The direction of the test is indicated by the alternate Hypotheses H1. < indicates a left tailed test and > indicates a right tailed test. One would choose a two tailed test when the direction of < or > does not matter to the researcher. Two tailed tests are indicated by =. One would also choose a two tailed test if the rejection of the two tailed test guarantees a rejection of the left or right …show more content…
3 - Explain the difference between a left-tailed, two-tailed, and right-tailed test. When would you choose a two-tailed test? How might you tell the direction of the test by looking at a pair of hypotheses? How might you tell which direction (or no direction) to make the hypothesis by looking at the problem statement (research question)?
2 - Why does the significance level differ among industries? Is the null hypothesis more likely to be rejected at α = 0.01 than α = 0.10? As the significance level increases to α = 0.10 from α = 0.01, which type error is more likely to occur? What may be done to reduce the likelihood of incurring this error?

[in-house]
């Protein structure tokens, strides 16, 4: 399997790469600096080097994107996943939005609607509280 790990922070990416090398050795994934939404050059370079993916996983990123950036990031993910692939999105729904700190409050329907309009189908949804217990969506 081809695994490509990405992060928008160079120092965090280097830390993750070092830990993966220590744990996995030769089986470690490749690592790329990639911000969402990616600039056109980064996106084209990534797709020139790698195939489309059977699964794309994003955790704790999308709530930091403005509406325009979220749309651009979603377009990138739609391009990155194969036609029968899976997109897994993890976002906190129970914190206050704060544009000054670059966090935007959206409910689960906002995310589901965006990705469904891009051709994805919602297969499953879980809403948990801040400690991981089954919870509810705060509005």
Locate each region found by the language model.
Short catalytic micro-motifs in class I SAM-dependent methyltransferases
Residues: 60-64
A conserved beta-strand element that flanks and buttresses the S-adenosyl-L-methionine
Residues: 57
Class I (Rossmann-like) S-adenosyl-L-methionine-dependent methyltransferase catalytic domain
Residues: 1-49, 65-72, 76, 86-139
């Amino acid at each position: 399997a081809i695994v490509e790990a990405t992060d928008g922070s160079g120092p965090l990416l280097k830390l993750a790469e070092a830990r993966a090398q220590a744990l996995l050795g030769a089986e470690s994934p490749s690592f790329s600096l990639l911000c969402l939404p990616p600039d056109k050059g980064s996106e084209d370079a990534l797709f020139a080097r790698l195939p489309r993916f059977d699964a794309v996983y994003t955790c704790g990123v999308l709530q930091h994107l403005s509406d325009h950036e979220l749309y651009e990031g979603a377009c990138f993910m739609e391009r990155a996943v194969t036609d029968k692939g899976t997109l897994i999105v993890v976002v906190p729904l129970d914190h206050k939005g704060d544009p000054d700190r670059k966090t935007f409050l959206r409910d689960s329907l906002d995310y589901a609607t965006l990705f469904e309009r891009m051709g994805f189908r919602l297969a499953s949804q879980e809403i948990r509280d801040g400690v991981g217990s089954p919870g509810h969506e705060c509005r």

1 - What are the steps espoused by Applied Statistics in Business and Economics (or the instructor) for formal hypothesis testing? Explain why the sequence is important. What might happen if the hypothesis test is performed before the researcher has decided on the significance level?
Why is statistical significance not necessarily of practical important difference to a business decision? Provide an example and explain. Why do statisticians play only a limited role in deciding whether statistical significance requires a business action?
Statistical significance is not necessarily important because